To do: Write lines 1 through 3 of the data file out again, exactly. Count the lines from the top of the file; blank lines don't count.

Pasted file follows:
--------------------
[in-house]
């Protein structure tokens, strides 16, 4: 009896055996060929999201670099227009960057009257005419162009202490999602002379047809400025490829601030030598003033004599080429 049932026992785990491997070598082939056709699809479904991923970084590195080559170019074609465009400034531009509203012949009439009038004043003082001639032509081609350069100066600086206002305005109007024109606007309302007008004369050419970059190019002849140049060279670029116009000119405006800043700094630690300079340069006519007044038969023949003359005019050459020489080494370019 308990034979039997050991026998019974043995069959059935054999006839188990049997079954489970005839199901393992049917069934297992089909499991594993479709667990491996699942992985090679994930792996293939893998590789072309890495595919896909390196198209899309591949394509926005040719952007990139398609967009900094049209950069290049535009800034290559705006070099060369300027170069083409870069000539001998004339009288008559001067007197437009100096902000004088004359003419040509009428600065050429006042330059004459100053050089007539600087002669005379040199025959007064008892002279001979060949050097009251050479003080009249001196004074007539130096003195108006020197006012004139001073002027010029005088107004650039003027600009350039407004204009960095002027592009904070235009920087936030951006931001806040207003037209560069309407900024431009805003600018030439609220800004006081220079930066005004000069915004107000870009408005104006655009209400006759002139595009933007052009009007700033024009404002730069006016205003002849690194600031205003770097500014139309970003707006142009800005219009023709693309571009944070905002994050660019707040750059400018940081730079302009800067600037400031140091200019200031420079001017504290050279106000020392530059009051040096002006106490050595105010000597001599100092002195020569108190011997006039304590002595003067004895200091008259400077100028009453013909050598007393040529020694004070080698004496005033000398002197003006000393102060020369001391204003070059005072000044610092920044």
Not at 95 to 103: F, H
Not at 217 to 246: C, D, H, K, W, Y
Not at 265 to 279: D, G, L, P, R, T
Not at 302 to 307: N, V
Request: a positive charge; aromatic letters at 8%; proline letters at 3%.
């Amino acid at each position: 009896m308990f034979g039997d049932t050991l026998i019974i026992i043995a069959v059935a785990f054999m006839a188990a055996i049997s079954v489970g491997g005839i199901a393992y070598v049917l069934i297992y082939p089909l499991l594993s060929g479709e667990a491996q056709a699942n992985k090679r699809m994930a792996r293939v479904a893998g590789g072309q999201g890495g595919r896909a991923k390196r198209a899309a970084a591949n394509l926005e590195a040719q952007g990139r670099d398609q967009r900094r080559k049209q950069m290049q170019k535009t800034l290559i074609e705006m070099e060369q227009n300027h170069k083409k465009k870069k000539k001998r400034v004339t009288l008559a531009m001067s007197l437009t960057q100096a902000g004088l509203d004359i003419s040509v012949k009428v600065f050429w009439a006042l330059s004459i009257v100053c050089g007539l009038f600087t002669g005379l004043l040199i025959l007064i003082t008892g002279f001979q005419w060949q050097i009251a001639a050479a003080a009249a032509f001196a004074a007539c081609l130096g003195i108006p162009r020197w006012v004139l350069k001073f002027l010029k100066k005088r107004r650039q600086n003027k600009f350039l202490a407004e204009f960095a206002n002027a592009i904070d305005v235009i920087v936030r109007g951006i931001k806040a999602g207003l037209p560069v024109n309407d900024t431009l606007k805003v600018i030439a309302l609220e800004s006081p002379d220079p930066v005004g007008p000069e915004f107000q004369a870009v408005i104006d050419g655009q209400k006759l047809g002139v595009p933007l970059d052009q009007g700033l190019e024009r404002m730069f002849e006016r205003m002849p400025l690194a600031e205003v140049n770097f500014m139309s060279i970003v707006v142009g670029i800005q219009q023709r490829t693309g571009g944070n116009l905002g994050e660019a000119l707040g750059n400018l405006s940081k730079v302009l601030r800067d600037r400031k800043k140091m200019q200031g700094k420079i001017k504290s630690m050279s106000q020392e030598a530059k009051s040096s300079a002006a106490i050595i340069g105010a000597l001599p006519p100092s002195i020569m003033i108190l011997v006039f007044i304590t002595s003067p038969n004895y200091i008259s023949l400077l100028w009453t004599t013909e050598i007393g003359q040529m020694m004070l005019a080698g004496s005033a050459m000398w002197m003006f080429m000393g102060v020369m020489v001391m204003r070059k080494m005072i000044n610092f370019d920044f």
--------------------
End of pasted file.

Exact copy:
[in-house]
């Protein structure tokens, strides 16, 4: 009896055996060929999201670099227009960057009257005419162009202490999602002379047809400025490829601030030598003033004599080429 049932026992785990491997070598082939056709699809479904991923970084590195080559170019074609465009400034531009509203012949009439009038004043003082001639032509081609350069100066600086206002305005109007024109606007309302007008004369050419970059190019002849140049060279670029116009000119405006800043700094630690300079340069006519007044038969023949003359005019050459020489080494370019 308990034979039997050991026998019974043995069959059935054999006839188990049997079954489970005839199901393992049917069934297992089909499991594993479709667990491996699942992985090679994930792996293939893998590789072309890495595919896909390196198209899309591949394509926005040719952007990139398609967009900094049209950069290049535009800034290559705006070099060369300027170069083409870069000539001998004339009288008559001067007197437009100096902000004088004359003419040509009428600065050429006042330059004459100053050089007539600087002669005379040199025959007064008892002279001979060949050097009251050479003080009249001196004074007539130096003195108006020197006012004139001073002027010029005088107004650039003027600009350039407004204009960095002027592009904070235009920087936030951006931001806040207003037209560069309407900024431009805003600018030439609220800004006081220079930066005004000069915004107000870009408005104006655009209400006759002139595009933007052009009007700033024009404002730069006016205003002849690194600031205003770097500014139309970003707006142009800005219009023709693309571009944070905002994050660019707040750059400018940081730079302009800067600037400031140091200019200031420079001017504290050279106000020392530059009051040096002006106490050595105010000597001599100092002195020569108190011997006039304590002595003067004895200091008259400077100028009453013909050598007393040529020694004070080698004496005033000398002197003006000393102060020369001391204003070059005072000044610092920044």
Not at 95 to 103: F, H